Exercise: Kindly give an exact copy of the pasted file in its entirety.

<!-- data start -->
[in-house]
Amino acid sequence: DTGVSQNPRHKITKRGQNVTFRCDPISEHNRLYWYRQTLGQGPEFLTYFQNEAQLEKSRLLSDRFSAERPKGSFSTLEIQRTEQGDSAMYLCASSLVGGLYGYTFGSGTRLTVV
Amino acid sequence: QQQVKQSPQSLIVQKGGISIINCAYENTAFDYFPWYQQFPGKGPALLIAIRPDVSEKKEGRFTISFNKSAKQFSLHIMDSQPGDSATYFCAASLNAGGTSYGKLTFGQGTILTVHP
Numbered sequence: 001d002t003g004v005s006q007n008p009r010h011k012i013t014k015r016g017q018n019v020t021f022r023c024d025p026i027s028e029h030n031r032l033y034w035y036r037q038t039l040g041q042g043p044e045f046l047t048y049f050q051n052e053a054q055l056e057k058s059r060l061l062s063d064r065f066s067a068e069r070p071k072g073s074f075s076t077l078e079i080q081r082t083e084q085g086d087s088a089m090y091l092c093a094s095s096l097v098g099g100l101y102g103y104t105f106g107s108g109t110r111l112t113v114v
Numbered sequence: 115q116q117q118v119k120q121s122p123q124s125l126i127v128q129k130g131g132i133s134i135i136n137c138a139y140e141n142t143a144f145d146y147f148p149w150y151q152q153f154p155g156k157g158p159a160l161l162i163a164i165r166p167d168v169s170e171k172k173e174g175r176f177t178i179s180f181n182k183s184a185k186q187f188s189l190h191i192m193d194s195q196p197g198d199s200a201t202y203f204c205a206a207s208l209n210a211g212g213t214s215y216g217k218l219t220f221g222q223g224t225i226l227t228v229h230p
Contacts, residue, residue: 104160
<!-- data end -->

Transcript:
[in-house]
Amino acid sequence: DTGVSQNPRHKITKRGQNVTFRCDPISEHNRLYWYRQTLGQGPEFLTYFQNEAQLEKSRLLSDRFSAERPKGSFSTLEIQRTEQGDSAMYLCASSLVGGLYGYTFGSGTRLTVV
Amino acid sequence: QQQVKQSPQSLIVQKGGISIINCAYENTAFDYFPWYQQFPGKGPALLIAIRPDVSEKKEGRFTISFNKSAKQFSLHIMDSQPGDSATYFCAASLNAGGTSYGKLTFGQGTILTVHP
Numbered sequence: 001d002t003g004v005s006q007n008p009r010h011k012i013t014k015r016g017q018n019v020t021f022r023c024d025p026i027s028e029h030n031r032l033y034w035y036r037q038t039l040g041q042g043p044e045f046l047t048y049f050q051n052e053a054q055l056e057k058s059r060l061l062s063d064r065f066s067a068e069r070p071k072g073s074f075s076t077l078e079i080q081r082t083e084q085g086d087s088a089m090y091l092c093a094s095s096l097v098g099g100l101y102g103y104t105f106g107s108g109t110r111l112t113v114v
Numbered sequence: 115q116q117q118v119k120q121s122p123q124s125l126i127v128q129k130g131g132i133s134i135i136n137c138a139y140e141n142t143a144f145d146y147f148p149w150y151q152q153f154p155g156k157g158p159a160l161l162i163a164i165r166p167d168v169s170e171k172k173e174g175r176f177t178i179s180f181n182k183s184a185k186q187f188s189l190h191i192m193d194s195q196p197g198d199s200a201t202y203f204c205a206a207s208l209n210a211g212g213t214s215y216g217k218l219t220f221g222q223g224t225i226l227t228v229h230p
Contacts, residue, residue: 104160